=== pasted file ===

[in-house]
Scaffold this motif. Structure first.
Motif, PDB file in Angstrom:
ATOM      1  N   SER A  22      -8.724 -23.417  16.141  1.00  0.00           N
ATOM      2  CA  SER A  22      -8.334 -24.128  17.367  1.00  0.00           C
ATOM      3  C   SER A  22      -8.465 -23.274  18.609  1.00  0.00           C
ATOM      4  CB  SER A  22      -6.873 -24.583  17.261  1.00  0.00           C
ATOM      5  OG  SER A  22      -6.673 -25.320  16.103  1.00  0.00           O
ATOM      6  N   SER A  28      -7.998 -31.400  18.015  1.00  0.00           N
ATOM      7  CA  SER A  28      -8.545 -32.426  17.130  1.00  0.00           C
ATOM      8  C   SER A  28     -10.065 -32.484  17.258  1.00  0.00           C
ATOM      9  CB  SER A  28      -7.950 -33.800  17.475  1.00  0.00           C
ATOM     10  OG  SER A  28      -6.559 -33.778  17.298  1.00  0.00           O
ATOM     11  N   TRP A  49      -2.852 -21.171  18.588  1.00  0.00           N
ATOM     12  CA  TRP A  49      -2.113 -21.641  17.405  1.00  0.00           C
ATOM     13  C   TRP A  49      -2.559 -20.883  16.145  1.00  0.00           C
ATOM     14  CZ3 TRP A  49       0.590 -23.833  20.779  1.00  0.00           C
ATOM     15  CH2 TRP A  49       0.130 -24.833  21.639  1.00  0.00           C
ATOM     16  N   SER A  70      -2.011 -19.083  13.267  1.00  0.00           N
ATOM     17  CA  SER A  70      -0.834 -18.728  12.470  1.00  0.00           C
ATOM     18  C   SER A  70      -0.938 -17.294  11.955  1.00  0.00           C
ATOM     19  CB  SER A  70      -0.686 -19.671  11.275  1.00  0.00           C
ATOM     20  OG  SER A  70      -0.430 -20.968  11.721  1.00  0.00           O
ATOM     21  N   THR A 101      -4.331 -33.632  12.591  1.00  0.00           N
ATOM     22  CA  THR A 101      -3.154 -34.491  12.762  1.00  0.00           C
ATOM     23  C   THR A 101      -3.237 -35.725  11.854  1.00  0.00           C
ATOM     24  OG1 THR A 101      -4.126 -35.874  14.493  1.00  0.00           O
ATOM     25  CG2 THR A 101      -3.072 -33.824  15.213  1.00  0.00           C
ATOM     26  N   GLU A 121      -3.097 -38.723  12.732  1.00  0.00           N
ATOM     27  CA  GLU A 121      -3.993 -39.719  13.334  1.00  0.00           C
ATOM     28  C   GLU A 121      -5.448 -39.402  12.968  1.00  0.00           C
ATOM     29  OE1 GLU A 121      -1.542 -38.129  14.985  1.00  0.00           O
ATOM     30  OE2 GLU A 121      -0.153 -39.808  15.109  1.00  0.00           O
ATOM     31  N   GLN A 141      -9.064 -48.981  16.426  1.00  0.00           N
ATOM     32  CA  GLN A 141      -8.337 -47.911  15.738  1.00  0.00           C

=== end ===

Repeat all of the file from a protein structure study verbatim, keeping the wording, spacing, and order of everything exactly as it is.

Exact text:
[in-house]
Scaffold this motif. Structure first.
Motif, PDB file in Angstrom:
ATOM      1  N   SER A  22      -8.724 -23.417  16.141  1.00  0.00           N
ATOM      2  CA  SER A  22      -8.334 -24.128  17.367  1.00  0.00           C
ATOM      3  C   SER A  22      -8.465 -23.274  18.609  1.00  0.00           C
ATOM      4  CB  SER A  22      -6.873 -24.583  17.261  1.00  0.00           C
ATOM      5  OG  SER A  22      -6.673 -25.320  16.103  1.00  0.00           O
ATOM      6  N   SER A  28      -7.998 -31.400  18.015  1.00  0.00           N
ATOM      7  CA  SER A  28      -8.545 -32.426  17.130  1.00  0.00           C
ATOM      8  C   SER A  28     -10.065 -32.484  17.258  1.00  0.00           C
ATOM      9  CB  SER A  28      -7.950 -33.800  17.475  1.00  0.00           C
ATOM     10  OG  SER A  28      -6.559 -33.778  17.298  1.00  0.00           O
ATOM     11  N   TRP A  49      -2.852 -21.171  18.588  1.00  0.00           N
ATOM     12  CA  TRP A  49      -2.113 -21.641  17.405  1.00  0.00           C
ATOM     13  C   TRP A  49      -2.559 -20.883  16.145  1.00  0.00           C
ATOM     14  CZ3 TRP A  49       0.590 -23.833  20.779  1.00  0.00           C
ATOM     15  CH2 TRP A  49       0.130 -24.833  21.639  1.00  0.00           C
ATOM     16  N   SER A  70      -2.011 -19.083  13.267  1.00  0.00           N
ATOM     17  CA  SER A  70      -0.834 -18.728  12.470  1.00  0.00           C
ATOM     18  C   SER A  70      -0.938 -17.294  11.955  1.00  0.00           C
ATOM     19  CB  SER A  70      -0.686 -19.671  11.275  1.00  0.00           C
ATOM     20  OG  SER A  70      -0.430 -20.968  11.721  1.00  0.00           O
ATOM     21  N   THR A 101      -4.331 -33.632  12.591  1.00  0.00           N
ATOM     22  CA  THR A 101      -3.154 -34.491  12.762  1.00  0.00           C
ATOM     23  C   THR A 101      -3.237 -35.725  11.854  1.00  0.00           C
ATOM     24  OG1 THR A 101      -4.126 -35.874  14.493  1.00  0.00           O
ATOM     25  CG2 THR A 101      -3.072 -33.824  15.213  1.00  0.00           C
ATOM     26  N   GLU A 121      -3.097 -38.723  12.732  1.00  0.00           N
ATOM     27  CA  GLU A 121      -3.993 -39.719  13.334  1.00  0.00           C
ATOM     28  C   GLU A 121      -5.448 -39.402  12.968  1.00  0.00           C
ATOM     29  OE1 GLU A 121      -1.542 -38.129  14.985  1.00  0.00           O
ATOM     30  OE2 GLU A 121      -0.153 -39.808  15.109  1.00  0.00           O
ATOM     31  N   GLN A 141      -9.064 -48.981  16.426  1.00  0.00           N
ATOM     32  CA  GLN A 141      -8.337 -47.911  15.738  1.00  0.00           C